Sarah Jabbour selected for CSE HACKS Spirit Award

Through her contributions, Sarah embodies the values that are central to who CSE is as a community.
Sarah Jabbour
Sarah Jabbour

Sarah Jabbour, a PhD candidate in Computer Science and Engineering, has been selected as the first-ever recipient of the CSE HACKS Spirit Award. The award was established to honor a CSE Graduate Student who embodies the spirit of CSE’s HACKS values of honesty, achievement, cooperation, knowledge, and service. 

Michael Wellman, the Richard H. Orenstein Division Chair of Computer Science and Engineering, presented the award to Sarah at the CSE Graduate Student Recognition Reception on April 24. Through this award, the Division acknowledges Sarah’s contributions which have embodied these values, helping CSE to advance its mission to shape the future of computing and benefit the world through excellence in education and research, and to realize its vision to lead in computing, support a welcoming community, and empower every individual to reach their full potential.

“I’m honored to receive the 2023 CSE HACKS Spirit Award,” said Jabbour. “Thank you to the department for the recognition, and thank you to my supportive advisors, lab mates, and CSE peers who embody the HACKS values!” 

As a researcher at the intersection of AI and medicine, Sarah has worked to prevent deep computer vision models from learning shortcuts. This benefits society by increasing fairness, since exploiting shortcuts can lead to bias especially when that shortcut is related to a sensitive attribute.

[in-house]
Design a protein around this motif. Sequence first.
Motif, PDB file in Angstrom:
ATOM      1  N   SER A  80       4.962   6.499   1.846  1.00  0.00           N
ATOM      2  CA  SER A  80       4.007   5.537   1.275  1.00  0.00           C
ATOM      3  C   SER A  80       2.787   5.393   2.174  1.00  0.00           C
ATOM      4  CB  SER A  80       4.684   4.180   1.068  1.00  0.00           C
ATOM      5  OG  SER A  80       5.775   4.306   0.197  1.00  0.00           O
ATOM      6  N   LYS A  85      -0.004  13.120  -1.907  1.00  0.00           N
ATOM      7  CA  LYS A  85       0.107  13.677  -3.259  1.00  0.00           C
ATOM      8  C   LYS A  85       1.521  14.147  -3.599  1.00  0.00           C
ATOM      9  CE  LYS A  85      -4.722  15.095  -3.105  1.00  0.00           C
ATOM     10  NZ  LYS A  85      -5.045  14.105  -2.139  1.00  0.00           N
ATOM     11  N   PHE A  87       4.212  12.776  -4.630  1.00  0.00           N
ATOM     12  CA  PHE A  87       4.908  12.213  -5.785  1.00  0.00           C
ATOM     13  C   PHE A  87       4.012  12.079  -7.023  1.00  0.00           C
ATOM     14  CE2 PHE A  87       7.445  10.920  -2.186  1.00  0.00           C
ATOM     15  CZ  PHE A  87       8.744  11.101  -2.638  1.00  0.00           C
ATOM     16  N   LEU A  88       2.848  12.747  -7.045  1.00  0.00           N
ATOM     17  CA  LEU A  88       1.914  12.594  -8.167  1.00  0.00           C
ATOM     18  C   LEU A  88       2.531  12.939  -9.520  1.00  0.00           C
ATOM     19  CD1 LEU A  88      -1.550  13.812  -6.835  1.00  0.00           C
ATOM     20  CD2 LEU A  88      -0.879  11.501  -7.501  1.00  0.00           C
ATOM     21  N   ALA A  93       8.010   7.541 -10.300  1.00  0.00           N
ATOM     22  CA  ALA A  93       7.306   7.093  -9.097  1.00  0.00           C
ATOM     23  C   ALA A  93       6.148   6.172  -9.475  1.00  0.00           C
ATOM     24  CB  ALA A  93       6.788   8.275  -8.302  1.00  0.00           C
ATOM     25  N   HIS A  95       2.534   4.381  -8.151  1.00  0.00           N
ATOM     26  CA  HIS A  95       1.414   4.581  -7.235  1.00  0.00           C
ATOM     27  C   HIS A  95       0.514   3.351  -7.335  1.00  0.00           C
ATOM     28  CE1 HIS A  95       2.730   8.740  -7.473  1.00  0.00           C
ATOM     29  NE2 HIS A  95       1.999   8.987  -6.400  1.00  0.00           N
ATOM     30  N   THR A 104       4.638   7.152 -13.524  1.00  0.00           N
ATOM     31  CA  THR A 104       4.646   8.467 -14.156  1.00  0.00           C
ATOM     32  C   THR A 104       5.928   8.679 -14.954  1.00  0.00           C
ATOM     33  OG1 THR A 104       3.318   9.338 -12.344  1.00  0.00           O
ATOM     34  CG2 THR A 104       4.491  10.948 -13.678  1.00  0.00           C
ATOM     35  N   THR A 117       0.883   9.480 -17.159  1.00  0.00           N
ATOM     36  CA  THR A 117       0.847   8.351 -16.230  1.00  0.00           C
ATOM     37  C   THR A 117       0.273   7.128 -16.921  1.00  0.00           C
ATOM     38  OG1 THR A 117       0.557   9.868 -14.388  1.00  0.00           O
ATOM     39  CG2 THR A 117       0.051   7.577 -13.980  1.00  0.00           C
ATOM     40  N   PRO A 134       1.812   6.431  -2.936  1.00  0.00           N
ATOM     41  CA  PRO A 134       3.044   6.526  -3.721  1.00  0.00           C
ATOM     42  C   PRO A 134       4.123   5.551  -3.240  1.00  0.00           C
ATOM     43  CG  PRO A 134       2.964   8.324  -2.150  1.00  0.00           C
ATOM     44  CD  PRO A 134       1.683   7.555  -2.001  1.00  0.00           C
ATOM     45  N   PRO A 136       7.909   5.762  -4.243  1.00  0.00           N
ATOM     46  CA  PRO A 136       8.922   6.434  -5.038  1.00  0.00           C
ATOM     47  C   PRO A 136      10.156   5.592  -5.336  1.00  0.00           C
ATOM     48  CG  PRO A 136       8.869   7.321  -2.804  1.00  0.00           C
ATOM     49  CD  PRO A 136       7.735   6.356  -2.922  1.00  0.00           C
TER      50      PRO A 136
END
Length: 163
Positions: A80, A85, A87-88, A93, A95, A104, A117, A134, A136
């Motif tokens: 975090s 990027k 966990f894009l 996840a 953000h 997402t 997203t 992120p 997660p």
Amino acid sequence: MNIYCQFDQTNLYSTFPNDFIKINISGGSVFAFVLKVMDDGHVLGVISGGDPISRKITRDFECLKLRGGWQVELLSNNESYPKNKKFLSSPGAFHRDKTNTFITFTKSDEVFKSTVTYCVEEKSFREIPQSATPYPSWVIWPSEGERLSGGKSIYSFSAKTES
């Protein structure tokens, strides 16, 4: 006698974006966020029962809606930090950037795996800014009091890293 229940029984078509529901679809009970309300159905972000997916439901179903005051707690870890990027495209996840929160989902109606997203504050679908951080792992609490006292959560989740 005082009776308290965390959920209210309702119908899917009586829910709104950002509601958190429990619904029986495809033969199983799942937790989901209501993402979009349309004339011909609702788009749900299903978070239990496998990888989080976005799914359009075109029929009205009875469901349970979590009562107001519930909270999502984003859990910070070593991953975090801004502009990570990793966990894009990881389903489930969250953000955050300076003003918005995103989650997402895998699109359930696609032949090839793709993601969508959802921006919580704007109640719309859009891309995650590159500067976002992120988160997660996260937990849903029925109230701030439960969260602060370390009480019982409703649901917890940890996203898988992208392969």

Sarah has published in both clinical and computer science venues. In her work, she has collaborated with CSE faculty, Michigan Medicine clinicians and bioethicists , and Law school faculty. She aims to develop AI technologies inspired by healthcare problems, with the ultimate goal of augmenting clinical care. 

Through her work, Sarah has contributed to both the computer science and medical communities. In addition to fundamental advances in artificial intelligence, Sarah has demonstrated how using multimodal data can lead to more accurate diagnoses than relying on imaging or clinical data alone, publishing a first author paper in the Journal of the American Medical Informatics Association on this subject. 

Sarah’s research has significant potential for broader impacts since it promises to lead to more robust multimodal models that do not rely on shortcuts which is applicable to a variety of realms. 

Sarah also frequently volunteers her time, organizing the AI Lab Symposium poster session in 2021 and an AI Lab tea in 2022. She has participated in graduate student panels for various CSE events and helped review graduate student applications for the AI Lab in 2021.

In terms of outreach, Sarah participated over the past two summers as a teaching volunteer for AI4ALL, an outreach program designed to spark interest and increase persistence in AI-related careers for high school  students who have been historically excluded from AI. Sarah has also worked as a mentor for FATE, an after-school program for underserved youth in Detroit.

Sarah is advised by Profs. Jenna Wiens and David Fouhey. In a comment, Wiens said, “Sarah has impressed me with her creativity, her enthusiasm to impact society, and her ability to work and think independently. She has clearly demonstrated her commitment to honesty, achievement, cooperation, knowledge and service. I am excited to watch her continue to grow into a strong researcher in the field of AI and health.”